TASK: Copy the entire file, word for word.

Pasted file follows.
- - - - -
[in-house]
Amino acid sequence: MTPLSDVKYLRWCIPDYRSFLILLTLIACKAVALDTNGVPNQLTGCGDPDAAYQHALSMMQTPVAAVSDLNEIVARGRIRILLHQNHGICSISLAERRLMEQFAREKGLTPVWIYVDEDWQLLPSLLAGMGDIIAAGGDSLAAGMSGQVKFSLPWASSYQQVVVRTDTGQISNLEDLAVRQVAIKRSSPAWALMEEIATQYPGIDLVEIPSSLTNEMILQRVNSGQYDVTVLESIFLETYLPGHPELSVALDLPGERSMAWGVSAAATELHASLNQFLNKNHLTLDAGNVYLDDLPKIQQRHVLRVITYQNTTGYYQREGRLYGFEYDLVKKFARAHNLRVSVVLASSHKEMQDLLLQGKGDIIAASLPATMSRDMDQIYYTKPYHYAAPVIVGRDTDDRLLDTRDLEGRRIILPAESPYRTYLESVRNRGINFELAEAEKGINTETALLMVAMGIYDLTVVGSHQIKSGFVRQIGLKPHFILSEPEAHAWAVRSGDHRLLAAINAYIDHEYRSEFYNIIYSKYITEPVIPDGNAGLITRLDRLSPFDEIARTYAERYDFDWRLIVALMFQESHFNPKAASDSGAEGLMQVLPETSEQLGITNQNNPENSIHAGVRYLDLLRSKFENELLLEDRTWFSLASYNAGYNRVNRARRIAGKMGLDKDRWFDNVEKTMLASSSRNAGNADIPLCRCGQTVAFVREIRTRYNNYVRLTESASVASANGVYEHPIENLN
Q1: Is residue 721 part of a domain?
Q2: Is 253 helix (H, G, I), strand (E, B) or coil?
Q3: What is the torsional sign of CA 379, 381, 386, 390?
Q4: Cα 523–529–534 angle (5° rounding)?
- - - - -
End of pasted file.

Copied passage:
[in-house]
Amino acid sequence: MTPLSDVKYLRWCIPDYRSFLILLTLIACKAVALDTNGVPNQLTGCGDPDAAYQHALSMMQTPVAAVSDLNEIVARGRIRILLHQNHGICSISLAERRLMEQFAREKGLTPVWIYVDEDWQLLPSLLAGMGDIIAAGGDSLAAGMSGQVKFSLPWASSYQQVVVRTDTGQISNLEDLAVRQVAIKRSSPAWALMEEIATQYPGIDLVEIPSSLTNEMILQRVNSGQYDVTVLESIFLETYLPGHPELSVALDLPGERSMAWGVSAAATELHASLNQFLNKNHLTLDAGNVYLDDLPKIQQRHVLRVITYQNTTGYYQREGRLYGFEYDLVKKFARAHNLRVSVVLASSHKEMQDLLLQGKGDIIAASLPATMSRDMDQIYYTKPYHYAAPVIVGRDTDDRLLDTRDLEGRRIILPAESPYRTYLESVRNRGINFELAEAEKGINTETALLMVAMGIYDLTVVGSHQIKSGFVRQIGLKPHFILSEPEAHAWAVRSGDHRLLAAINAYIDHEYRSEFYNIIYSKYITEPVIPDGNAGLITRLDRLSPFDEIARTYAERYDFDWRLIVALMFQESHFNPKAASDSGAEGLMQVLPETSEQLGITNQNNPENSIHAGVRYLDLLRSKFENELLLEDRTWFSLASYNAGYNRVNRARRIAGKMGLDKDRWFDNVEKTMLASSSRNAGNADIPLCRCGQTVAFVREIRTRYNNYVRLTESASVASANGVYEHPIENLN
Q1: Is residue 721 part of a domain?
Q2: Is 253 helix (H, G, I), strand (E, B) or coil?
Q3: What is the torsional sign of CA 379, 381, 386, 390?
Q4: Cα 523–529–534 angle (5° rounding)?